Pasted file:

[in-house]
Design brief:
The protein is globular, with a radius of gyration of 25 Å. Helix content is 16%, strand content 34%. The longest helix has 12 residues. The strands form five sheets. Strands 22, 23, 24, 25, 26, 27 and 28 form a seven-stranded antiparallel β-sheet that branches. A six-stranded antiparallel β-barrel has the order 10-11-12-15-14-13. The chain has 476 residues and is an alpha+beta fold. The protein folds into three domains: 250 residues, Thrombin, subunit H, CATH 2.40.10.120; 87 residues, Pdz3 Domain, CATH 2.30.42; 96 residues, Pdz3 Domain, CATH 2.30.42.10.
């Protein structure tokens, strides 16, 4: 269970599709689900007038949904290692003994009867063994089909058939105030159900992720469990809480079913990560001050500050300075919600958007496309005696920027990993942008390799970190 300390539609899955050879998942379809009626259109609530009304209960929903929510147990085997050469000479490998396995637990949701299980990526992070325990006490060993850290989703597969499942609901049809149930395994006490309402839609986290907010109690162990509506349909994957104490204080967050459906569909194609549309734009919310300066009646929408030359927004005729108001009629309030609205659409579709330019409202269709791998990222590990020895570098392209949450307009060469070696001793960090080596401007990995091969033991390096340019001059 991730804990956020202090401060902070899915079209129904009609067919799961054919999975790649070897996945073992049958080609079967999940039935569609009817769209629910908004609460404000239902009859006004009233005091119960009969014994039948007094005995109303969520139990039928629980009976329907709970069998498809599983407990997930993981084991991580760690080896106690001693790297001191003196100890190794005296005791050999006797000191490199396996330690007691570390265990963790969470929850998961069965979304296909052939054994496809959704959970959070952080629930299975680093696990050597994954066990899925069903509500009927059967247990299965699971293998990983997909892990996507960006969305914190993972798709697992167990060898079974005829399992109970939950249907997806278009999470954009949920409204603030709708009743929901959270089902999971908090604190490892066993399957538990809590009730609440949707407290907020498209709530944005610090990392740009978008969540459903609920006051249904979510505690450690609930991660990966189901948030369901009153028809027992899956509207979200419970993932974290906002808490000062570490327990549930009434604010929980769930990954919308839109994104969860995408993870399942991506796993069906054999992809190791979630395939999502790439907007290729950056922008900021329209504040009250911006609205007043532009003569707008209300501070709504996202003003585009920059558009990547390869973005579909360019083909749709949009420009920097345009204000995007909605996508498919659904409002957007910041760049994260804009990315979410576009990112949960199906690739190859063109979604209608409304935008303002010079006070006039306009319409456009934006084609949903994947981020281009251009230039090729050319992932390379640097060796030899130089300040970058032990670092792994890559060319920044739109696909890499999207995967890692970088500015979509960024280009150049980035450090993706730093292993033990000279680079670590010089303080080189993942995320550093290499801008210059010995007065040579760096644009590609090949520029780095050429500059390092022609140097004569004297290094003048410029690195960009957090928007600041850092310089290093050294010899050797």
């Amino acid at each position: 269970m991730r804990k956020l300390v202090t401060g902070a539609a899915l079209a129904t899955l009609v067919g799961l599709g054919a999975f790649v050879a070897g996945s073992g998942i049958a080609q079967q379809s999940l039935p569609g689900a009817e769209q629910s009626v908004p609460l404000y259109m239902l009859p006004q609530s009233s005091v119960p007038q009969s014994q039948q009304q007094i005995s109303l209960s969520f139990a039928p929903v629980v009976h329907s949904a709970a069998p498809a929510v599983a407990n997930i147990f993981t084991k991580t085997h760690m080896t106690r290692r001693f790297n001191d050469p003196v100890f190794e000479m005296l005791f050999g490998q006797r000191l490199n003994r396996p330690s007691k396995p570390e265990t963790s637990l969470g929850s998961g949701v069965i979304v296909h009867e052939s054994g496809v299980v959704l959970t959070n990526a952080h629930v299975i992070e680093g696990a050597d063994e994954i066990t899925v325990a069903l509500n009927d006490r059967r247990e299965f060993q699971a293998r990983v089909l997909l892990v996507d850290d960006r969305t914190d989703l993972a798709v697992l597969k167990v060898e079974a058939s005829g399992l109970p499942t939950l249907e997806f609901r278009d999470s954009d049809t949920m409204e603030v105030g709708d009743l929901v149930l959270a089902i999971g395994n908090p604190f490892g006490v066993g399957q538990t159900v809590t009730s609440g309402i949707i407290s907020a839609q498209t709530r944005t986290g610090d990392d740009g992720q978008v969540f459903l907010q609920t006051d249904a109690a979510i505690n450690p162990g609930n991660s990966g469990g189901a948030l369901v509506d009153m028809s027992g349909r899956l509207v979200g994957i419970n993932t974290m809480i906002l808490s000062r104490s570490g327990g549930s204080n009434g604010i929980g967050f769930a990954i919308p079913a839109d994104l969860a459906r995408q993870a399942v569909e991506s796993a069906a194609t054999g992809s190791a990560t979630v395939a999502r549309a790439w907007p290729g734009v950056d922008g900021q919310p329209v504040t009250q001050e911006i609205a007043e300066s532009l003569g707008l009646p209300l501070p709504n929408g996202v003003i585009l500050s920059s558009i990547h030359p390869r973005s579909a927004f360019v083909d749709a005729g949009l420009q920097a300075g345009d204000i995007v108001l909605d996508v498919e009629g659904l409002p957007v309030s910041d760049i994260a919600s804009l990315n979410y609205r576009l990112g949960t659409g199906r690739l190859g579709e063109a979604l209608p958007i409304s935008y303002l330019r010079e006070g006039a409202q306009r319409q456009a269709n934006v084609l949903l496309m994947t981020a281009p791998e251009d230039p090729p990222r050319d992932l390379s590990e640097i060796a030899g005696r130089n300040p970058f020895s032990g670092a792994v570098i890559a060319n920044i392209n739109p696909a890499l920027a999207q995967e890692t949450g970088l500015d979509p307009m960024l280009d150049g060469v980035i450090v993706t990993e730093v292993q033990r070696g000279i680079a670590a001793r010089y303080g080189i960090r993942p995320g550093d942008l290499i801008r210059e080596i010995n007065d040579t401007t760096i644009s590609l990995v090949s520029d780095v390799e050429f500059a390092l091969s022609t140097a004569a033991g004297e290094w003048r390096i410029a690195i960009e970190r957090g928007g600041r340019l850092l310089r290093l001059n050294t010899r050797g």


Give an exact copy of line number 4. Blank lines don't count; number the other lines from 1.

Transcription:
């Protein structure tokens, strides 16, 4: 269970599709689900007038949904290692003994009867063994089909058939105030159900992720469990809480079913990560001050500050300075919600958007496309005696920027990993942008390799970190 300390539609899955050879998942379809009626259109609530009304209960929903929510147990085997050469000479490998396995637990949701299980990526992070325990006490060993850290989703597969499942609901049809149930395994006490309402839609986290907010109690162990509506349909994957104490204080967050459906569909194609549309734009919310300066009646929408030359927004005729108001009629309030609205659409579709330019409202269709791998990222590990020895570098392209949450307009060469070696001793960090080596401007990995091969033991390096340019001059 991730804990956020202090401060902070899915079209129904009609067919799961054919999975790649070897996945073992049958080609079967999940039935569609009817769209629910908004609460404000239902009859006004009233005091119960009969014994039948007094005995109303969520139990039928629980009976329907709970069998498809599983407990997930993981084991991580760690080896106690001693790297001191003196100890190794005296005791050999006797000191490199396996330690007691570390265990963790969470929850998961069965979304296909052939054994496809959704959970959070952080629930299975680093696990050597994954066990899925069903509500009927059967247990299965699971293998990983997909892990996507960006969305914190993972798709697992167990060898079974005829399992109970939950249907997806278009999470954009949920409204603030709708009743929901959270089902999971908090604190490892066993399957538990809590009730609440949707407290907020498209709530944005610090990392740009978008969540459903609920006051249904979510505690450690609930991660990966189901948030369901009153028809027992899956509207979200419970993932974290906002808490000062570490327990549930009434604010929980769930990954919308839109994104969860995408993870399942991506796993069906054999992809190791979630395939999502790439907007290729950056922008900021329209504040009250911006609205007043532009003569707008209300501070709504996202003003585009920059558009990547390869973005579909360019083909749709949009420009920097345009204000995007909605996508498919659904409002957007910041760049994260804009990315979410576009990112949960199906690739190859063109979604209608409304935008303002010079006070006039306009319409456009934006084609949903994947981020281009251009230039090729050319992932390379640097060796030899130089300040970058032990670092792994890559060319920044739109696909890499999207995967890692970088500015979509960024280009150049980035450090993706730093292993033990000279680079670590010089303080080189993942995320550093290499801008210059010995007065040579760096644009590609090949520029780095050429500059390092022609140097004569004297290094003048410029690195960009957090928007600041850092310089290093050294010899050797």